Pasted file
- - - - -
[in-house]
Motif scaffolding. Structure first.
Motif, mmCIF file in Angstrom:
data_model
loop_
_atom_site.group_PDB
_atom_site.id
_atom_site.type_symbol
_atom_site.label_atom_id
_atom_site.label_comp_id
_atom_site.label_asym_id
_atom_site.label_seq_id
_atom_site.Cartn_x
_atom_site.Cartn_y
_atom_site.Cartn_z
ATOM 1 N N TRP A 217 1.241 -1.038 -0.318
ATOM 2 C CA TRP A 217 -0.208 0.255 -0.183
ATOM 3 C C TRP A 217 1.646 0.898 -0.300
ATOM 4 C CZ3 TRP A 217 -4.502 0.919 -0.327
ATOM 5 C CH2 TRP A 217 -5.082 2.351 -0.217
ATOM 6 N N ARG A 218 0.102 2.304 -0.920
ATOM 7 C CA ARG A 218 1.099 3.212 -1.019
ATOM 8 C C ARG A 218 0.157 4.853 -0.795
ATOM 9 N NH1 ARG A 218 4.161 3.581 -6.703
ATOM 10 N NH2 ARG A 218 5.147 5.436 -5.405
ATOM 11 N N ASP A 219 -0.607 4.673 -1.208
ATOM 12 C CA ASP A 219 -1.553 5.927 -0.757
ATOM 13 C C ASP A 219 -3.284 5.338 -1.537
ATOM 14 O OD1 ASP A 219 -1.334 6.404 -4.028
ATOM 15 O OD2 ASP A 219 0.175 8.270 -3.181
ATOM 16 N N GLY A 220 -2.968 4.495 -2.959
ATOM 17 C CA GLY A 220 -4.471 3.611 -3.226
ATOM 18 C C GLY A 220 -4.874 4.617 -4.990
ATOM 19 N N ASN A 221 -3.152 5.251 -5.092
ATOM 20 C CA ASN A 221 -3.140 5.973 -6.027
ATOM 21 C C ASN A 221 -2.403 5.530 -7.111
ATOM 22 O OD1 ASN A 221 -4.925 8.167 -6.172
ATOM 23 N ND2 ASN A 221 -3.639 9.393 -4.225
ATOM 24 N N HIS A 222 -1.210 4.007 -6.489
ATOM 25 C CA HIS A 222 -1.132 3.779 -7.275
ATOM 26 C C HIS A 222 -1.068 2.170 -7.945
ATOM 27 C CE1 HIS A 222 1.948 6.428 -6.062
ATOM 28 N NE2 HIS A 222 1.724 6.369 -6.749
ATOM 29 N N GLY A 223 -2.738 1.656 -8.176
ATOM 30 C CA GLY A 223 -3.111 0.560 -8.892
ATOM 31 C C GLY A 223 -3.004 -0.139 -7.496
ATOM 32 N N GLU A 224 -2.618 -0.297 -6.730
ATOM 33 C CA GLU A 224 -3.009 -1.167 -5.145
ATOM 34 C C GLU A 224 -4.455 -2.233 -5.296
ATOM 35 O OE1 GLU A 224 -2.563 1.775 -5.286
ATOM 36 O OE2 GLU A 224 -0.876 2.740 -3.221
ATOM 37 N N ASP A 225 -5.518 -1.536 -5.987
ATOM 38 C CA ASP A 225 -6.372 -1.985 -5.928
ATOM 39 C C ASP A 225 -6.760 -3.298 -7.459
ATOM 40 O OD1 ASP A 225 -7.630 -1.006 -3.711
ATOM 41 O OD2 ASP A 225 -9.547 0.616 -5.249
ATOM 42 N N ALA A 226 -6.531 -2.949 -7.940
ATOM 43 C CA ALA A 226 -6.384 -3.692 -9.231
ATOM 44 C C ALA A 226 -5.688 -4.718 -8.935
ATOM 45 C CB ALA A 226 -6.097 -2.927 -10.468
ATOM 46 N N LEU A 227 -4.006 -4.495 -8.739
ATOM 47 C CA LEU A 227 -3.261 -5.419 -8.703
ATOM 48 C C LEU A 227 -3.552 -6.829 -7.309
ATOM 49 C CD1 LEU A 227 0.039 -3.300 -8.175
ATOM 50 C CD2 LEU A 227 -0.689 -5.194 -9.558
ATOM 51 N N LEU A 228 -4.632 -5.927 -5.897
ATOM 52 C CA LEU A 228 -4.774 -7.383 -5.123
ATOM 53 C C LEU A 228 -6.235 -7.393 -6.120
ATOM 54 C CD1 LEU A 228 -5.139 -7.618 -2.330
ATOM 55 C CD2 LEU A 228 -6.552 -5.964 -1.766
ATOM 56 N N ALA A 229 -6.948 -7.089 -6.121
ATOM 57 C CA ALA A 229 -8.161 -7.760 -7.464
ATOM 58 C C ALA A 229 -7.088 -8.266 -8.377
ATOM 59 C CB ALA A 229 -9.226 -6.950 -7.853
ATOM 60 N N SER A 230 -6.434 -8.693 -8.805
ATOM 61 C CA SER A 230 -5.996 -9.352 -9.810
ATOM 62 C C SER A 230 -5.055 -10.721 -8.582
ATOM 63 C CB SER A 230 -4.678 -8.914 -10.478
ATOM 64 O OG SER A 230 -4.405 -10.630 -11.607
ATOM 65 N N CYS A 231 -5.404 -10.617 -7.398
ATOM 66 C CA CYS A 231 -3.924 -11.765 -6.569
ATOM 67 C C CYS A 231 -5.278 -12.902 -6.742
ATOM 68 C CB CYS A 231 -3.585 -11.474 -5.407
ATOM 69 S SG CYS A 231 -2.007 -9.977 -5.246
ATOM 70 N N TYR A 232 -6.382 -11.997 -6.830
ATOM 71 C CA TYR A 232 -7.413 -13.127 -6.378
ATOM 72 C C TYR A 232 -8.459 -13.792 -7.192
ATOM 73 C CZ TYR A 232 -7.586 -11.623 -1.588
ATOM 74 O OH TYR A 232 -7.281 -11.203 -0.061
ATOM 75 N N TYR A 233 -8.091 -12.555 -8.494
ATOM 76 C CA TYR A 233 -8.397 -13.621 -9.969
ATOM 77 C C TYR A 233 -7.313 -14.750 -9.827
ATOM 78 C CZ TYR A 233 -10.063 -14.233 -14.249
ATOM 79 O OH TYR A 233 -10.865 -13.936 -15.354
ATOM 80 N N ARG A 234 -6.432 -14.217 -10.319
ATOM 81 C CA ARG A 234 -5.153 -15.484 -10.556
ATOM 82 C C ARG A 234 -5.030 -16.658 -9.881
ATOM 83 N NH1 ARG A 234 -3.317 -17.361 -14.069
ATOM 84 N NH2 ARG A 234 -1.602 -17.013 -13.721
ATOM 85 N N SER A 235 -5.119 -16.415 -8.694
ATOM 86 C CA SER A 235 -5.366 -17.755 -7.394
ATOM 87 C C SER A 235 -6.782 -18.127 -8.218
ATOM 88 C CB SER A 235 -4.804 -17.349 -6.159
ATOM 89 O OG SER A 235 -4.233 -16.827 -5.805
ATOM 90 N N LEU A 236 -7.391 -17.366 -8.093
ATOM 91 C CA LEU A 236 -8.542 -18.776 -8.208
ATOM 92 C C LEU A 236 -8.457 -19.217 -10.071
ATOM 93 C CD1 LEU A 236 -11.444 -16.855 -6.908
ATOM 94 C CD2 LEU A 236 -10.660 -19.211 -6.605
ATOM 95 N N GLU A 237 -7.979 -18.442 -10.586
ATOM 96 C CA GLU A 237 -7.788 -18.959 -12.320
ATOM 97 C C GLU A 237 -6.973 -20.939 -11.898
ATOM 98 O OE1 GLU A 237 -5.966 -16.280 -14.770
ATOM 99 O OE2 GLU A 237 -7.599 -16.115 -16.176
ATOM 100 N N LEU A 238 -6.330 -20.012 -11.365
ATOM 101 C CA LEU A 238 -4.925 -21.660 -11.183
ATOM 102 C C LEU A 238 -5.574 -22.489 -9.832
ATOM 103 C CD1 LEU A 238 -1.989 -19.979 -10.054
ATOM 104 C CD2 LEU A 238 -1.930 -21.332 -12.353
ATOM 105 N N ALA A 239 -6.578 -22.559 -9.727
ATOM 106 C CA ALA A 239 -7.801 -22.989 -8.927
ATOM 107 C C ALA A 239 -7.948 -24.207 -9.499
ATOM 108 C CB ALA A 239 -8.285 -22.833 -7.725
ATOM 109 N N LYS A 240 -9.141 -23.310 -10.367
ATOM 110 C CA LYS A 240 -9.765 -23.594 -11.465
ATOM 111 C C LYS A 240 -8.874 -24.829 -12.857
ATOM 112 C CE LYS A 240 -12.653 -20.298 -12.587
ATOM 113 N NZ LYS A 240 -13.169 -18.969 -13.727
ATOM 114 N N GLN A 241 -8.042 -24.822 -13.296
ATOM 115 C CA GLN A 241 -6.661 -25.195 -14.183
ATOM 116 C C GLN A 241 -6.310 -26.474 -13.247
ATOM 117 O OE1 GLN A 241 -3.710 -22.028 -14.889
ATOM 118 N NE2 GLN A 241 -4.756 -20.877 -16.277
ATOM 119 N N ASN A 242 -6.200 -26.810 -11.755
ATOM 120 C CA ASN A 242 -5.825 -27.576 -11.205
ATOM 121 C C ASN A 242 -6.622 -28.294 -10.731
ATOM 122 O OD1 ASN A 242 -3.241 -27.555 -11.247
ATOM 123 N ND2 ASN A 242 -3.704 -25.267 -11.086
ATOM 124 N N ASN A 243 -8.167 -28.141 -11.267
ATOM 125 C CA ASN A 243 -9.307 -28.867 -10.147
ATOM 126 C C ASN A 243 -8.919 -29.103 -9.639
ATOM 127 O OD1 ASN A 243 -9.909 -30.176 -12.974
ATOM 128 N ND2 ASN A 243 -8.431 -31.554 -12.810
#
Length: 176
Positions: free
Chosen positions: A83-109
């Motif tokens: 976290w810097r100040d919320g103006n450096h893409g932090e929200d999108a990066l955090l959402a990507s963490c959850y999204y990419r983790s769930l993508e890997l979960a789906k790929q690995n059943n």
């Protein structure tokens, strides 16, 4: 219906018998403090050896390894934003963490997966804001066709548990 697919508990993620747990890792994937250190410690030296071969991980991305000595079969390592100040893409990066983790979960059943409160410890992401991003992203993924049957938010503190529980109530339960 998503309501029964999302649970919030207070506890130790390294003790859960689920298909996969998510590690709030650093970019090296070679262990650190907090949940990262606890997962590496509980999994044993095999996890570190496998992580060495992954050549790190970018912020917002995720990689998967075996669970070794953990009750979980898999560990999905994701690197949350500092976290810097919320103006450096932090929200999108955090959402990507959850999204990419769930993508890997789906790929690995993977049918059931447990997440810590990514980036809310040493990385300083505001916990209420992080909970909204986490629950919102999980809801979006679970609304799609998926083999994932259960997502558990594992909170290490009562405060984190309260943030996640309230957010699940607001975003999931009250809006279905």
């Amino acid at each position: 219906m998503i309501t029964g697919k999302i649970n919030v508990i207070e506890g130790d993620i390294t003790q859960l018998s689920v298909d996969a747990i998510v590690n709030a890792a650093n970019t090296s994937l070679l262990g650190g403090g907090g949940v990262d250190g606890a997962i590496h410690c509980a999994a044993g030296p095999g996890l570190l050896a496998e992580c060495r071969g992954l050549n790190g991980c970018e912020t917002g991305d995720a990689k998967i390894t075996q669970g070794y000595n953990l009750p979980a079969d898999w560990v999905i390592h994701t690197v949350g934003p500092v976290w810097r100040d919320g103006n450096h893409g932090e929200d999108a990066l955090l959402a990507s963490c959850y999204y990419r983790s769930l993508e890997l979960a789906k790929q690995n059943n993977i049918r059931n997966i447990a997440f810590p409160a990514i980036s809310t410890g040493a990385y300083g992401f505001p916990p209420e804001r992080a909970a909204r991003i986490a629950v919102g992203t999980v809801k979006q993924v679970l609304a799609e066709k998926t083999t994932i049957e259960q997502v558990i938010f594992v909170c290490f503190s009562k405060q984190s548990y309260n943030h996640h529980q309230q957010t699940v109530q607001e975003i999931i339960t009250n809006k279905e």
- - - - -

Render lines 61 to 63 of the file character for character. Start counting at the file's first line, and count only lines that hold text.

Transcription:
ATOM 46 N N LEU A 227 -4.006 -4.495 -8.739
ATOM 47 C CA LEU A 227 -3.261 -5.419 -8.703
ATOM 48 C C LEU A 227 -3.552 -6.829 -7.309